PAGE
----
Above: Woman eating a balanced meal, other fruit and veggies on the cutting board next to her. Eating her meal with a companion, possible back pain after eating.
Back pain can be extremely debilitating, limiting, and inconvenient to say the least. If you have experienced it for yourself, you’d probably agree with this to some degree. While the root cause can vary from one person to the next, the immediate etiology may be unclear (unless if due to specific physical trauma or event). Here, we will review possible reasons for back pain after eating.
Back Pain Brief Overview
Back pain itself is one of the most common reasons people make a clinic or emergency room visit. Furthermore, chronic lower back pain affects approximately 23% of the world’s adult population with as much as 80% experiencing an episode at least once in their lifetime. Because of this staggering statistic, about 200 billion dollars are spent a year on this condition!
Potential Reasons for Back Pain
- mechanical (most common)
- non-related but perceived as back pain (such as kidney infection or gallbladder inflammation)
Back Pain After Eating: Possible Causes
Unless you can link your postprandial back pain to another preexisting condition, there are many possibilities as to what may be causing back pain after eating. It’s still important for your medical provider to note things like your health history and physical assessment when whittling down your list of causes.
Without diagnostic testing to confirm, most back pain cases are assumed to be mechanical in nature. This means something is off when it comes to posture, coordination, movement, or body alignment. Bad posture while having a meal in combination with chronically incorrect body mechanics can result in back pain after eating. Imagine sitting hunched over for a prolonged period of time - leading to back discomfort once getting up from your chair. This might manifest as stiffness or muscle tension.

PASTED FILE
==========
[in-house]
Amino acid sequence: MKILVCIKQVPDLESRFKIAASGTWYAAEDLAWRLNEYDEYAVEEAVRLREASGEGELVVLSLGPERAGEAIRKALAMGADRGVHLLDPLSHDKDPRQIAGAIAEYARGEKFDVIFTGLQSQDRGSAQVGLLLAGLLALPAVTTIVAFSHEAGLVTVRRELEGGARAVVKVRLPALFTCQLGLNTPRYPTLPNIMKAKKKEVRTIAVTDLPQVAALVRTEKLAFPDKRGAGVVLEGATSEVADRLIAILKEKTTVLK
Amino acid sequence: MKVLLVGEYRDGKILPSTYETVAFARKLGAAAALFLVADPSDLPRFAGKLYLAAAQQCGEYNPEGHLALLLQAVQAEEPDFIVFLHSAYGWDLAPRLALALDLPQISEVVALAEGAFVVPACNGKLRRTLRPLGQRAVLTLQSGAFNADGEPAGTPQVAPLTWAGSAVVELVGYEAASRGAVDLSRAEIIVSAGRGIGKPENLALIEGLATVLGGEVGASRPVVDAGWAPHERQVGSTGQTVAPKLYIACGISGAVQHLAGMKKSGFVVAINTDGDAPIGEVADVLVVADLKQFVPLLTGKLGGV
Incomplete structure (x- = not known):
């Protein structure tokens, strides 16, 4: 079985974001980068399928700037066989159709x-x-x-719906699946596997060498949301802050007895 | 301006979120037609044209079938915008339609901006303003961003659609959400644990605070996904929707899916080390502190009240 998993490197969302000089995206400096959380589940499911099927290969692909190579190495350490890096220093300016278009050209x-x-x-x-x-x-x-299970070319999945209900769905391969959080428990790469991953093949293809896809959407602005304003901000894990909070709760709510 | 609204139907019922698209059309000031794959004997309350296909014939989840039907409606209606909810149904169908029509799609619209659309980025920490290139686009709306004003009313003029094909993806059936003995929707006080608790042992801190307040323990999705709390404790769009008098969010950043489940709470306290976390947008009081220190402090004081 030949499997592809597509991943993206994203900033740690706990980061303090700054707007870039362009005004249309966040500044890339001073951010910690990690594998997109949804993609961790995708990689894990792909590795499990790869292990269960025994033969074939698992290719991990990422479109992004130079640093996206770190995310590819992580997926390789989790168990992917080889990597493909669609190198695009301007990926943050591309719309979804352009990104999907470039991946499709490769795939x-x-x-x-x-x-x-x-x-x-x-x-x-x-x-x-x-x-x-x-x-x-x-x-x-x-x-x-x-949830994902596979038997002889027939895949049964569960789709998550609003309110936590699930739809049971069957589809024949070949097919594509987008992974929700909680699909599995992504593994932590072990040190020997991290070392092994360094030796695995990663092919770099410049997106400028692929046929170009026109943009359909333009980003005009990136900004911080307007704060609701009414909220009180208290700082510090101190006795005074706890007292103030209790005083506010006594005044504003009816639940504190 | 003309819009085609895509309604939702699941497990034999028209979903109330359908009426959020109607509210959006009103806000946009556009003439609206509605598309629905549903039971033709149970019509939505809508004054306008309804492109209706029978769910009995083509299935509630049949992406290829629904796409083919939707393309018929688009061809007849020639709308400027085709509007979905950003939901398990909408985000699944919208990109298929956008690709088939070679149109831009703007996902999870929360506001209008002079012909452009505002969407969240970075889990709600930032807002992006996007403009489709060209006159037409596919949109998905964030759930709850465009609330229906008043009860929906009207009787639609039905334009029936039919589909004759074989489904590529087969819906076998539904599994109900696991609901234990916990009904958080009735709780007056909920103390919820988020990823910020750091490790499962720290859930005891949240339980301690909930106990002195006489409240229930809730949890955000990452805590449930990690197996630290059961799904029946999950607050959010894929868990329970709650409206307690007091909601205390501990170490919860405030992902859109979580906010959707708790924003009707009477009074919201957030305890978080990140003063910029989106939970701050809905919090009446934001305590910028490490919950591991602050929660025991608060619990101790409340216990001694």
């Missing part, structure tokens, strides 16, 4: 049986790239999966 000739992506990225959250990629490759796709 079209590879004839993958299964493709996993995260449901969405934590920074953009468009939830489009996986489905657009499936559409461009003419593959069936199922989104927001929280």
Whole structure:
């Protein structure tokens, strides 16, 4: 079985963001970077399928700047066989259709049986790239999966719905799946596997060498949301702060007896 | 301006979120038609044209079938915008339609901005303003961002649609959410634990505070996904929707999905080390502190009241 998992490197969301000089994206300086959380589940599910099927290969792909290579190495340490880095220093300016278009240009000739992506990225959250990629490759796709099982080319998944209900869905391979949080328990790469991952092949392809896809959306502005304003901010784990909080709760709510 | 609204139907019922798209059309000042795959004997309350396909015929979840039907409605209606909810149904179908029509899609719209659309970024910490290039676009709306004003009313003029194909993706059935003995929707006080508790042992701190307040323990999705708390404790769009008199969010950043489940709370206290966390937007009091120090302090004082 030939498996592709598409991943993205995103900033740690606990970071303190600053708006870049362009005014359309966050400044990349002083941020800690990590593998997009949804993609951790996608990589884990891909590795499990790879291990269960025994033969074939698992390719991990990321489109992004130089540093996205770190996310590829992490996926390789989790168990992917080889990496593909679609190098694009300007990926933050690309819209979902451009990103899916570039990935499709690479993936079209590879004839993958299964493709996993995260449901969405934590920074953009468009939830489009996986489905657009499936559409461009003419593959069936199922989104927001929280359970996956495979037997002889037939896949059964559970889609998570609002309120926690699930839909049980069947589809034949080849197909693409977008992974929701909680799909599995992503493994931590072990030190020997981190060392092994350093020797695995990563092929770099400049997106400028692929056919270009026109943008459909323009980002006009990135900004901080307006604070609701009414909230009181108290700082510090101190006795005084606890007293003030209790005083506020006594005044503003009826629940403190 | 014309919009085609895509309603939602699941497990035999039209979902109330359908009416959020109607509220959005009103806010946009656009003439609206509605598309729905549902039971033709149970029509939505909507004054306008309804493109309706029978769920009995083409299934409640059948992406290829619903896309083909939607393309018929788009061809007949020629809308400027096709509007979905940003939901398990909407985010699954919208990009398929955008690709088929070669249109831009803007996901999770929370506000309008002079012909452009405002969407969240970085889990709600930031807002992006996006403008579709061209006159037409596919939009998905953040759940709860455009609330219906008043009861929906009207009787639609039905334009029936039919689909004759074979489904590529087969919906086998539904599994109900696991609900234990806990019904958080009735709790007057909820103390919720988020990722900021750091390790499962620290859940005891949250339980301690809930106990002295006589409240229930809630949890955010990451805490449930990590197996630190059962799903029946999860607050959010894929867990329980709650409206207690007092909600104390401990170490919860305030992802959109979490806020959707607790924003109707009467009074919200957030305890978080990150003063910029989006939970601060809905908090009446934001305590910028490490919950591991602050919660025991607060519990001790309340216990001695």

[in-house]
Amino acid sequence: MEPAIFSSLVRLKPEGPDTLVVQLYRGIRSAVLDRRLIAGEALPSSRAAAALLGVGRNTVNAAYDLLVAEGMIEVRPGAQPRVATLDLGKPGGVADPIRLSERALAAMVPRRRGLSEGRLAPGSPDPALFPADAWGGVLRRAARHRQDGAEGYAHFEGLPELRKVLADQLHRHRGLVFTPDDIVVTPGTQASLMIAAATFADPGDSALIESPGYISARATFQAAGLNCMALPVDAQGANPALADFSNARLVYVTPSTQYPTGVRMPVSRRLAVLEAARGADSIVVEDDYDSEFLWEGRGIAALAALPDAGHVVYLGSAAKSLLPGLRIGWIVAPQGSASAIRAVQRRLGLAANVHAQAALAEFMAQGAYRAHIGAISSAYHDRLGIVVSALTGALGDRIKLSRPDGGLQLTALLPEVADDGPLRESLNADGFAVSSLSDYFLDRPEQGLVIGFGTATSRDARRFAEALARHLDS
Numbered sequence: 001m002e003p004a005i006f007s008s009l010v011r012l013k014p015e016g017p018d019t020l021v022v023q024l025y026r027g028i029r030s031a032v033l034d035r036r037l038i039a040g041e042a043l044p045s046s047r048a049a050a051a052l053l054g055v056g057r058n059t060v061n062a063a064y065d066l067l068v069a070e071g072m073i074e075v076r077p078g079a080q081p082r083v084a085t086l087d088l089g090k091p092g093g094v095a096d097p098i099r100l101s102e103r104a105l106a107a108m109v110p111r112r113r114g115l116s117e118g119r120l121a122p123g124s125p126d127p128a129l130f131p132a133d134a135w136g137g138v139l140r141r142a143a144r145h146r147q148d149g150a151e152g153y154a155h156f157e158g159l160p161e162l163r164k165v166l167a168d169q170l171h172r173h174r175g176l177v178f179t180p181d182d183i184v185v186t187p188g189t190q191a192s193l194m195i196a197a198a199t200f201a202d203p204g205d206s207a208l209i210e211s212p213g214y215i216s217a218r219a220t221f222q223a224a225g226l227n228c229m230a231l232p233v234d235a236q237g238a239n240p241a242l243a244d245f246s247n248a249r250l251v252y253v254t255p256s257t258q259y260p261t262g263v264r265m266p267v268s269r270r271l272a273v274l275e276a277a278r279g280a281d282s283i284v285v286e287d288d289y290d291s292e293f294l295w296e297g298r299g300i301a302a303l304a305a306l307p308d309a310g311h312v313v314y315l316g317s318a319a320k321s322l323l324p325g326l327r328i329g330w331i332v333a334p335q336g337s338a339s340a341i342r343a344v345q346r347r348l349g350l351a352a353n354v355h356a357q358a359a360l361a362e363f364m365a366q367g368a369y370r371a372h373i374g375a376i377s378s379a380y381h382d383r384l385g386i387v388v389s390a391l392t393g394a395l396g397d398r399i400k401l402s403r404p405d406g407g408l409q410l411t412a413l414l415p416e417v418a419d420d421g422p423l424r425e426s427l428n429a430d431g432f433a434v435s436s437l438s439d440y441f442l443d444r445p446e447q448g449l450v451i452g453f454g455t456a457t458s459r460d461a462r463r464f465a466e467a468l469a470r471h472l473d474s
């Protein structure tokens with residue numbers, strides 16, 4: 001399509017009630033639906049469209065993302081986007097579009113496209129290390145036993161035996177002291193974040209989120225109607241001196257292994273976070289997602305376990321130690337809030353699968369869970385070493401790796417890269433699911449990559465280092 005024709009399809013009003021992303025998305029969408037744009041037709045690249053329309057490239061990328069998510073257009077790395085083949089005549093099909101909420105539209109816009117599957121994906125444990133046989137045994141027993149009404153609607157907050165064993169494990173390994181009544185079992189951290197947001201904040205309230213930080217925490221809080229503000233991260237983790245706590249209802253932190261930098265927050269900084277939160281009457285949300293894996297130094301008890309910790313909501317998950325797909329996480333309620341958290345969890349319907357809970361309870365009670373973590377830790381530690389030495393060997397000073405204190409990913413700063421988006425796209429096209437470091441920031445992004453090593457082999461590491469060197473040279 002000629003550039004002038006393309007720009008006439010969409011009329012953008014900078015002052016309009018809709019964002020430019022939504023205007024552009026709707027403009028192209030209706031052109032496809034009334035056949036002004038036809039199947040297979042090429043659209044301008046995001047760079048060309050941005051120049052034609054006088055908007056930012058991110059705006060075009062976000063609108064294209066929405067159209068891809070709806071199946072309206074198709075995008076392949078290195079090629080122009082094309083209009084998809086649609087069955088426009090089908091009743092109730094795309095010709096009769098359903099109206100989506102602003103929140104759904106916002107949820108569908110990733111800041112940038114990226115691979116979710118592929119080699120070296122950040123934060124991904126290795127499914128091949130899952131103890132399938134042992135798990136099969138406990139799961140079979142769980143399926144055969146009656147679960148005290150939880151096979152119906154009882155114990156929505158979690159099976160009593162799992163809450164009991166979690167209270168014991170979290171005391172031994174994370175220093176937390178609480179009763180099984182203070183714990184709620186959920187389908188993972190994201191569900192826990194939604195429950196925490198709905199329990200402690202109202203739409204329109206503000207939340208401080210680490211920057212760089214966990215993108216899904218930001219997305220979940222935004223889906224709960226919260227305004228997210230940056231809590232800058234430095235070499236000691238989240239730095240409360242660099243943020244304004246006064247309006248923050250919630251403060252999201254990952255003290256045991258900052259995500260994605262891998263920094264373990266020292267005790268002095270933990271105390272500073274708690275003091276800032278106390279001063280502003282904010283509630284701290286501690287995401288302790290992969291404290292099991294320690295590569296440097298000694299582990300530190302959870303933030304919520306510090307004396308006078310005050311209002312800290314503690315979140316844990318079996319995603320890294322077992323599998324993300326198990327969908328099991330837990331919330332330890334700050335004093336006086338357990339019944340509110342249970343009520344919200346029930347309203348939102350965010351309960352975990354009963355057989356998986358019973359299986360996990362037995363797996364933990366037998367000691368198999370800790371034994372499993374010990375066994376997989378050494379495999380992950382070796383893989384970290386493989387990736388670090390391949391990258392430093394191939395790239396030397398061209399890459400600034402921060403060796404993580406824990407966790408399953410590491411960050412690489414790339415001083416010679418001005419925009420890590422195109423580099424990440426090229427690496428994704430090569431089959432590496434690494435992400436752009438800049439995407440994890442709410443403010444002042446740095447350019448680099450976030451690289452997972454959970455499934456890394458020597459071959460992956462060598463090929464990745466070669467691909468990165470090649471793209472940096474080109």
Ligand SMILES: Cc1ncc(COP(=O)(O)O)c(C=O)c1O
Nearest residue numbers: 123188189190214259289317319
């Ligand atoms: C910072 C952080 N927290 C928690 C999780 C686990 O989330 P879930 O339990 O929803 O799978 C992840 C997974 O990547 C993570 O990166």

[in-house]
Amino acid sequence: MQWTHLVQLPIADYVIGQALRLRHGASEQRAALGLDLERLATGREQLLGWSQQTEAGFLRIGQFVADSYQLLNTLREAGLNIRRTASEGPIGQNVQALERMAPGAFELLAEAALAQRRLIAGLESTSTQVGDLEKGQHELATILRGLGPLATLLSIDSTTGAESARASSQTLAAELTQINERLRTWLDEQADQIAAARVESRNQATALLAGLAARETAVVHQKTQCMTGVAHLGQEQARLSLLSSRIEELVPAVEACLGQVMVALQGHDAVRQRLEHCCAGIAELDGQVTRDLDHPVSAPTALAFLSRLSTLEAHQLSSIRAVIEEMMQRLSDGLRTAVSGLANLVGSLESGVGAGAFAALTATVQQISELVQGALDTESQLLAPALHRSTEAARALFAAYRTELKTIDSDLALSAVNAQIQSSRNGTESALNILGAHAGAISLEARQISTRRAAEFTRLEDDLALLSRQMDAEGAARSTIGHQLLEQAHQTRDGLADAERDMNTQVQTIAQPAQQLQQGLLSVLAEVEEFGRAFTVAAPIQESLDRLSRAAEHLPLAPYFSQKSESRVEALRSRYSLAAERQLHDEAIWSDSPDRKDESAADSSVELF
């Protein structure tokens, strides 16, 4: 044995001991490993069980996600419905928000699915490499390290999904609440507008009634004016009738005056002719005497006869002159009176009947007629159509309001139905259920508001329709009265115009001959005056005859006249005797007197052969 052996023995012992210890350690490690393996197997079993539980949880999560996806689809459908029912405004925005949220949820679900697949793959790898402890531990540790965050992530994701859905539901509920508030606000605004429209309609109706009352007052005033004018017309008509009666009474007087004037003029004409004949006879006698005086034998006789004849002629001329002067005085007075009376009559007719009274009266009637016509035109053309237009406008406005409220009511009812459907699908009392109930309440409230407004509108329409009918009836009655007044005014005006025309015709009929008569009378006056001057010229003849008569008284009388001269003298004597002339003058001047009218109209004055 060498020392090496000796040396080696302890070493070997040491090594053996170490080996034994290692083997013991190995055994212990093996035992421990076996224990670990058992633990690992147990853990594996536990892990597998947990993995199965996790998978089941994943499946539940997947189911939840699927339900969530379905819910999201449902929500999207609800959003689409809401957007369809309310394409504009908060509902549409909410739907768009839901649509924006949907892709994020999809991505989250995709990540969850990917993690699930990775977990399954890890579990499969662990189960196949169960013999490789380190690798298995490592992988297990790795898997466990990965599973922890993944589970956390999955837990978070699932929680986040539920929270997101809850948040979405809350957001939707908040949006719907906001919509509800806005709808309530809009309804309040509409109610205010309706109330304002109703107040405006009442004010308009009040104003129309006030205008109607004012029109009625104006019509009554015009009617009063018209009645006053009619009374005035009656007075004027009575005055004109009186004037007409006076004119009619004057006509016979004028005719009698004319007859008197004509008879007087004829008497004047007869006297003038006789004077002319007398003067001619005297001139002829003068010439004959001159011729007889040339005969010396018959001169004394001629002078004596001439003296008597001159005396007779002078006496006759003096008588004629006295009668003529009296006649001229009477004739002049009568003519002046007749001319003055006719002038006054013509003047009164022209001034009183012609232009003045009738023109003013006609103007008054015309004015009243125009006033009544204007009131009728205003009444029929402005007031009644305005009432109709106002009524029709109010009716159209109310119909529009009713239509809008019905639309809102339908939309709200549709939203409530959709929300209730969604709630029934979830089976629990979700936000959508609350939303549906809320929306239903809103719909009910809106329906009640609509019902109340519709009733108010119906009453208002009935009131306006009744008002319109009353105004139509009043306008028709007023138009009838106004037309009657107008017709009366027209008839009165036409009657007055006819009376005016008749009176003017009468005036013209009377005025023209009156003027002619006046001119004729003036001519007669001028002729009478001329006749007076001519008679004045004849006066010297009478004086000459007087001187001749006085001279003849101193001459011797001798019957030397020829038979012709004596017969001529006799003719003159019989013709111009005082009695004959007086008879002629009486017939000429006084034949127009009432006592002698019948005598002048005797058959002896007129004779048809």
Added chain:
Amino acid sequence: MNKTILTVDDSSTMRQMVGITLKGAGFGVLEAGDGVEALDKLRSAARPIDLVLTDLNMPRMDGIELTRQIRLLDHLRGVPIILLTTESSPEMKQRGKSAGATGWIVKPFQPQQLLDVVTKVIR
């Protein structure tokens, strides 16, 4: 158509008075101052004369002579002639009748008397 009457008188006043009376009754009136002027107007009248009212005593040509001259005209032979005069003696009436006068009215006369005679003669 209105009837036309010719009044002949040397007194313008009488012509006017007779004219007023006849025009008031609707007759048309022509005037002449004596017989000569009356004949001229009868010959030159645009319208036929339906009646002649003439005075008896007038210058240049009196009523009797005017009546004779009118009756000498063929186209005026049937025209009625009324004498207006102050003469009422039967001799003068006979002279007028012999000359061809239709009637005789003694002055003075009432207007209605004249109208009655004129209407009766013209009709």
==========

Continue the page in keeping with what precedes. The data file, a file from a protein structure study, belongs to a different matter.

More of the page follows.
Above: Quadratus lumborum muscle, or QL, left and right pictured. Muscles associated with posture and posterior abdominal wall/back. Muscles possibly affected from back pain after eating due to poor body mechanics.
Inflammation or Infection
Kidney infections, pancreatitis, gallbladder stones/inflammation and even ulcers can all exacerbate existing back pain or simply manifest as such (also called referred pain). If a digestive organ becomes inflamed, it can cause localized abdominal or back pain after eating (read here for more on upper left back pain).
- Kidney infection pain (although not limited to only after meals) is felt in the lower back and may increase in severity after eating. The same goes if you have chronic kidney disease (CKD) - consuming a high sodium meal can lead to swelling or edema. If you tend to experience edema in your sacral or lumbar region, discomfort may ensue. It is common for CKD patients to retain excess fluid within body tissues and this sometimes leads to discomfort, aches or tenderness.
- Pancreatitis (although, often linked to a history of alcohol consumption) is similar in that it plays a role in digestion and can also show up as back pain after eating. Whether this inflammatory condition is chronic or acute, the discomfort is normally felt in the upper abdomen and may spread or radiate to your back area as well.